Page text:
Cons Of Getting A HELOC

Although having control of the amount of money you take out with your loan seems like a great thing, it might be a dangerous line to walk if you are not on top of your finances.

If you don't have discipline, it might be easy to overspend when it’s not necessary. This will tap out the equity in your home, and you will now be faced with larger principal and interest payments when it becomes time to repay.

Pay close attention to the interest rates during the time you have your loan out, because since you do not have a locked in interest rate, they can change and you will end up having to increase your payments.

Just like with interest rates, fluctuating monthly payments each month can cause some financial instability, so stay alert and aware of what is happening while you have your loan out.

Home Equity Loan vs. HELOC: At A Glance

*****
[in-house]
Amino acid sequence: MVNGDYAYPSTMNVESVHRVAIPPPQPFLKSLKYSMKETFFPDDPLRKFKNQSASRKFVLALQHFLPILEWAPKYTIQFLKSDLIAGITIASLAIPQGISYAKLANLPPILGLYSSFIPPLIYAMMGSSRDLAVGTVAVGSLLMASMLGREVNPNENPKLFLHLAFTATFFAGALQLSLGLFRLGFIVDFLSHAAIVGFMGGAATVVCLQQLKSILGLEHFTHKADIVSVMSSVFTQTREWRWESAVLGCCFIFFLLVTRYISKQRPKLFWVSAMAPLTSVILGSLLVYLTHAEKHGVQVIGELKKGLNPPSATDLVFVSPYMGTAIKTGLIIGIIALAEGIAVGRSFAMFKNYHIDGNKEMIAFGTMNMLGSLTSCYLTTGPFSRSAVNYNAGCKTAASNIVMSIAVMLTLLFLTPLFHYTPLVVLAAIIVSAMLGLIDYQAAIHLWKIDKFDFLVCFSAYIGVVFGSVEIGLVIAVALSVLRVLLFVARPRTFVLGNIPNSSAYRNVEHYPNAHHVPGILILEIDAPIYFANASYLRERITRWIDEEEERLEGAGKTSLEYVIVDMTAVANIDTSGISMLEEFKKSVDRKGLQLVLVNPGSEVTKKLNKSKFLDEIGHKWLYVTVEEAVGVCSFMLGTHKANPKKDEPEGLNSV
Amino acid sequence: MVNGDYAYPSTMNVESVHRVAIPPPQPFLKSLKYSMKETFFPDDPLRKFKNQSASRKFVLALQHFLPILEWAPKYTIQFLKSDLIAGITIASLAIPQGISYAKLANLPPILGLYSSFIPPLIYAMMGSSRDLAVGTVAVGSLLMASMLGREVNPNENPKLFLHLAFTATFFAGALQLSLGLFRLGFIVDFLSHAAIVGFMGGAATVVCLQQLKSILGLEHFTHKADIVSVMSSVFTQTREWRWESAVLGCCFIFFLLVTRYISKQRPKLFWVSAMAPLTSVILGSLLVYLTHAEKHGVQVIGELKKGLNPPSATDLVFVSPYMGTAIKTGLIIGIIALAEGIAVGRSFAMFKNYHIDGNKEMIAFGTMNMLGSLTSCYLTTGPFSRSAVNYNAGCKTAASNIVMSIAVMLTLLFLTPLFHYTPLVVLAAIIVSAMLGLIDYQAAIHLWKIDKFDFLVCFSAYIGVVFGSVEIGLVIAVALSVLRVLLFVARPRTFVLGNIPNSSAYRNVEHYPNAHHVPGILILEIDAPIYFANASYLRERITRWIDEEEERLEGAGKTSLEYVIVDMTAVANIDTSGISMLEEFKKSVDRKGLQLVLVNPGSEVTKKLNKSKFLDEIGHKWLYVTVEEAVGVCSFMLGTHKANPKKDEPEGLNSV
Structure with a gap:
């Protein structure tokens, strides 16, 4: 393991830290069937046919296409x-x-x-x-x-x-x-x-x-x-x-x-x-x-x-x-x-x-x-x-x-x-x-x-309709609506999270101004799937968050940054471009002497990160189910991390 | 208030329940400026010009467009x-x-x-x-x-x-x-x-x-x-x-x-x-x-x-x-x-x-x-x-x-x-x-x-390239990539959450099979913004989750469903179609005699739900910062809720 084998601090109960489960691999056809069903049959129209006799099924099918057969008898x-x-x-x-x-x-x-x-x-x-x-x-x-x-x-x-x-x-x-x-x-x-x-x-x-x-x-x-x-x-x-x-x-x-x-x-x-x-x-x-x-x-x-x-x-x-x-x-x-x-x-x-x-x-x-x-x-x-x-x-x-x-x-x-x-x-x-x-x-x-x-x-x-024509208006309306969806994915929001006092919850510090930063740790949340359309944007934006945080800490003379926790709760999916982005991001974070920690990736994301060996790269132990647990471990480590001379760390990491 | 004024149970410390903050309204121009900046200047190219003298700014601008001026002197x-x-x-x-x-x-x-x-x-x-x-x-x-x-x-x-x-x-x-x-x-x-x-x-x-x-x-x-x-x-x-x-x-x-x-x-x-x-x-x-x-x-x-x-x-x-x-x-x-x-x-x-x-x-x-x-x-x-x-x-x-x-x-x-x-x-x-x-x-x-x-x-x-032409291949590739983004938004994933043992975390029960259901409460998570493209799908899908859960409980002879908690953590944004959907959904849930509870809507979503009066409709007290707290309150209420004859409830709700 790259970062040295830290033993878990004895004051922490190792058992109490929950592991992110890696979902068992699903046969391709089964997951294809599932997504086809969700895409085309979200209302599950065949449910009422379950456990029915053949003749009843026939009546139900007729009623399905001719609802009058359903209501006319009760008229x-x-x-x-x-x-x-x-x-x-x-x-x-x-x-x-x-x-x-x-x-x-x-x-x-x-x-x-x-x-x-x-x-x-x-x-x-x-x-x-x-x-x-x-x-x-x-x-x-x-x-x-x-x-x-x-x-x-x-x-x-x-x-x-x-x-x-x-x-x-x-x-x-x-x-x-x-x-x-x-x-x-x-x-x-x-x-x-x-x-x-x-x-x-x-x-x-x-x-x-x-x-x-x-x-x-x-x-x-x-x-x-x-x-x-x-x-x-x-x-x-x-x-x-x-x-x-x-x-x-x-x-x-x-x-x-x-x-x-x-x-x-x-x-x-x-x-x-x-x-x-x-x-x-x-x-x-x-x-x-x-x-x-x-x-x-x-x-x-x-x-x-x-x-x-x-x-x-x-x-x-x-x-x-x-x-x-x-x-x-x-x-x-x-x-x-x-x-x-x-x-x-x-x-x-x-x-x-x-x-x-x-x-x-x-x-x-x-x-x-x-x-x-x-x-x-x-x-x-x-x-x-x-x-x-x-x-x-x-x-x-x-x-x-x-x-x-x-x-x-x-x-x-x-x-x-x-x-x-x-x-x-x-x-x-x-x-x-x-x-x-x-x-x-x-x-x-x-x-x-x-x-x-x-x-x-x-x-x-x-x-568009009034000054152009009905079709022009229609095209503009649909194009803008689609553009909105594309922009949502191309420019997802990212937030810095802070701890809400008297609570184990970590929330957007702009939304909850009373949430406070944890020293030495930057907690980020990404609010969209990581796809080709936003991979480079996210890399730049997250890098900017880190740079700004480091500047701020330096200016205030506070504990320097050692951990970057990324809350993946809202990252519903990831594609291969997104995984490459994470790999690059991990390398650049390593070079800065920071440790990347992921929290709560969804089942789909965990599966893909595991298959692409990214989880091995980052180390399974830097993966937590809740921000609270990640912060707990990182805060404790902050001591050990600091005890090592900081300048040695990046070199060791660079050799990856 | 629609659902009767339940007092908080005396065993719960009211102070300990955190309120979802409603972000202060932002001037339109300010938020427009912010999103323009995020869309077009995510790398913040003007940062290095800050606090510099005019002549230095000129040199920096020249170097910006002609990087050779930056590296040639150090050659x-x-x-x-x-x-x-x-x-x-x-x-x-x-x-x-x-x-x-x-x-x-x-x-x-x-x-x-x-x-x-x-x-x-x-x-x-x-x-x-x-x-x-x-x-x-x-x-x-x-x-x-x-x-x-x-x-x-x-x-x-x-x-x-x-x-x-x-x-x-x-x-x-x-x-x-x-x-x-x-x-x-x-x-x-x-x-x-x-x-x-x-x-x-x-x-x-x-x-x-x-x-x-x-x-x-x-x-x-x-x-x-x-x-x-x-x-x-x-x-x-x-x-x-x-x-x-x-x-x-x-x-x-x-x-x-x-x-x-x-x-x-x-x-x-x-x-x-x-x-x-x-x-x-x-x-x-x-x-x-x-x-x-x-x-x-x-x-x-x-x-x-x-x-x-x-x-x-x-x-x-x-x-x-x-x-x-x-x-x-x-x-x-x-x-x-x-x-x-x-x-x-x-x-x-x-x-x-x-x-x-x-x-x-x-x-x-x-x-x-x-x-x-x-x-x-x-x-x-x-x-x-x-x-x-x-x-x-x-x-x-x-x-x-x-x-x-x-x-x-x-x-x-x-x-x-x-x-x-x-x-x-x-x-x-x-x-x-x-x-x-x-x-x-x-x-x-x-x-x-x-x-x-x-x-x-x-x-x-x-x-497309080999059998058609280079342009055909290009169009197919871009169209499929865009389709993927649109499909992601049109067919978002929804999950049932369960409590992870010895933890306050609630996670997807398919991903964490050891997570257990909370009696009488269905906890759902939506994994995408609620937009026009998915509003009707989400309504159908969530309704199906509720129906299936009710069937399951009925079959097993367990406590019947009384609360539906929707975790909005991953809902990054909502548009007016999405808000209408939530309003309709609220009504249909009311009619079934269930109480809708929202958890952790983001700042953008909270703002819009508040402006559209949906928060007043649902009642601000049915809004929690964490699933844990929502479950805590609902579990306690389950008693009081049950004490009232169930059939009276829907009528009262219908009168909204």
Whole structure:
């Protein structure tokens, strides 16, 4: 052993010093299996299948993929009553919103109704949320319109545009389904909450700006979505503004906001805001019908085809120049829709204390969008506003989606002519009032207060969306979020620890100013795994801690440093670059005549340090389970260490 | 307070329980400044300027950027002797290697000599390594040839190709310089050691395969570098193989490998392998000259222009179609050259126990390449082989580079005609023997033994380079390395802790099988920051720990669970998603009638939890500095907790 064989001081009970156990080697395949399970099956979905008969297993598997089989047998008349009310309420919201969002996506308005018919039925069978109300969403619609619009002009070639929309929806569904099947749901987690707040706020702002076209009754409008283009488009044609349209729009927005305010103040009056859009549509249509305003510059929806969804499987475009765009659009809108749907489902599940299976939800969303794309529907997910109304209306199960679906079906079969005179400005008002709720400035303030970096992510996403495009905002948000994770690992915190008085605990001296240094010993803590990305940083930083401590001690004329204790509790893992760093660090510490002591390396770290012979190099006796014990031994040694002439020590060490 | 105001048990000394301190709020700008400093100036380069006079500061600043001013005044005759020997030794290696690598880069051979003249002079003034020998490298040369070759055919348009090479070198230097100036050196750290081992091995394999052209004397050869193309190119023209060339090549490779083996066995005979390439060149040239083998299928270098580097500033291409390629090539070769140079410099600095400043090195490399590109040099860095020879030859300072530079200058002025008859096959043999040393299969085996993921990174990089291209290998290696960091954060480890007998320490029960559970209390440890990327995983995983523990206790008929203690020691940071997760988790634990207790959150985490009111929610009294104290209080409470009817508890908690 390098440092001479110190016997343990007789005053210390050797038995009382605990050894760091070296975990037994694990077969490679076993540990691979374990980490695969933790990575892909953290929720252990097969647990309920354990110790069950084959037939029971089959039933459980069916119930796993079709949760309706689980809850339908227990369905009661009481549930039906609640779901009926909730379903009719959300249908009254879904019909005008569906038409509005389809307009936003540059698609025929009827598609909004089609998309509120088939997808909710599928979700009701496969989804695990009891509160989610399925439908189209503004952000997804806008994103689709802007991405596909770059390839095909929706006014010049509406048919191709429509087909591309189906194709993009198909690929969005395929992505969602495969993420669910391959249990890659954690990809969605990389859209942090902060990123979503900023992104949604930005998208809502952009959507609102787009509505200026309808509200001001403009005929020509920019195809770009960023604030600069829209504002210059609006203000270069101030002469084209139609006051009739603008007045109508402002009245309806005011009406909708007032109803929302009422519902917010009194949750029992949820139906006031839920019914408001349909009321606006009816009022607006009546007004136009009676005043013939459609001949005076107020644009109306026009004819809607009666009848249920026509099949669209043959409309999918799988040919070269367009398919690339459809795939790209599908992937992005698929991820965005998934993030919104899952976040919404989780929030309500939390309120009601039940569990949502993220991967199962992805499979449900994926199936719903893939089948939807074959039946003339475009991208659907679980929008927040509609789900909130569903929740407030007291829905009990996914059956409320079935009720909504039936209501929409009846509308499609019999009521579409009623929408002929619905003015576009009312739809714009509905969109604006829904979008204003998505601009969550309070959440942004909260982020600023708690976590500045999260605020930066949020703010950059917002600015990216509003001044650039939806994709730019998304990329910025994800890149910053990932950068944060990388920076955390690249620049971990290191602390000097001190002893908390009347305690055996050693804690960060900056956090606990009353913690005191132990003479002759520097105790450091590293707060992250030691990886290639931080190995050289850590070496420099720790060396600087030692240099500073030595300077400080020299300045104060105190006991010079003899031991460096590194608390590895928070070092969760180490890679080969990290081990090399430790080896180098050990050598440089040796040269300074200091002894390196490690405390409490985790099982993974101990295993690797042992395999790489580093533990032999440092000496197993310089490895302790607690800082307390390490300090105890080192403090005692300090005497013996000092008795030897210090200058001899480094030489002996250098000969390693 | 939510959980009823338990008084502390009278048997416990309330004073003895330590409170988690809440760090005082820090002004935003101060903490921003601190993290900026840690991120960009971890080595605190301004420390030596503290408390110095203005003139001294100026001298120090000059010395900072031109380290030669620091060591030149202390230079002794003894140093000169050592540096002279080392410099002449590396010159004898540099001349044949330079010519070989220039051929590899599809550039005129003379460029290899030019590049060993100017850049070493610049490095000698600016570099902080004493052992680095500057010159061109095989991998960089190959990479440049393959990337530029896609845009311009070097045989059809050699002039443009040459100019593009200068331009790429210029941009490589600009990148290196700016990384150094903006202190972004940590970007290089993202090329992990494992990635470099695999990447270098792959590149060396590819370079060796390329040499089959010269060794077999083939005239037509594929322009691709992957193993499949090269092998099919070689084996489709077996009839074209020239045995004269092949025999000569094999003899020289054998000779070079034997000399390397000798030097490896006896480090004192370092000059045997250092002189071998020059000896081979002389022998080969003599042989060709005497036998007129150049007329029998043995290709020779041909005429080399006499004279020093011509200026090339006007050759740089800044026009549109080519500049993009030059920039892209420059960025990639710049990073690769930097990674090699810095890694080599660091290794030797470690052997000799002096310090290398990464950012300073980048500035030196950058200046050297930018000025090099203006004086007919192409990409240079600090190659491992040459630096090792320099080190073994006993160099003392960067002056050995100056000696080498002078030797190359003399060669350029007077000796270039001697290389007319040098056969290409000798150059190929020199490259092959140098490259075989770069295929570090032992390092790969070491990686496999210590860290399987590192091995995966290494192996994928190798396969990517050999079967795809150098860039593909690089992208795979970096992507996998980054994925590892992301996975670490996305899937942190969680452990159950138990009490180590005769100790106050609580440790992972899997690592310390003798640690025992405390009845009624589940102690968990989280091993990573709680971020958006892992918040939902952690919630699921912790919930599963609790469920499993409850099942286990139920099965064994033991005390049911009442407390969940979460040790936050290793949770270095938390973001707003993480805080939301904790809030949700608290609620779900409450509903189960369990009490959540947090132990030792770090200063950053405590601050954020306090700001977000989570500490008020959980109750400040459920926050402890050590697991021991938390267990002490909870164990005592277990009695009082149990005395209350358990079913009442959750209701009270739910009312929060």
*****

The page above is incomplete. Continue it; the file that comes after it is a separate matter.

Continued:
The easiest way to decipher the two is by realizing that a home equity loan is good for those who need a specific amount, know about how much it is, and know exactly where the money is going.

A HELOC, on the other hand, might be better for those that either aren’t sure exactly how much they need or for those who simply want the peace of mind of knowing the money is available should they need to use it.

While a home equity loan and a home equity line of credit are seemingly similar, there are a few aspects that set them apart. They can also differ from one lender to another, so it is important to completely understand the repayment terms of your loan before committing to anything.


If you’re interested in getting a home equity loan or a HELOC, you can go to check with your local banks or read through the following article: Best Home Equity Loans.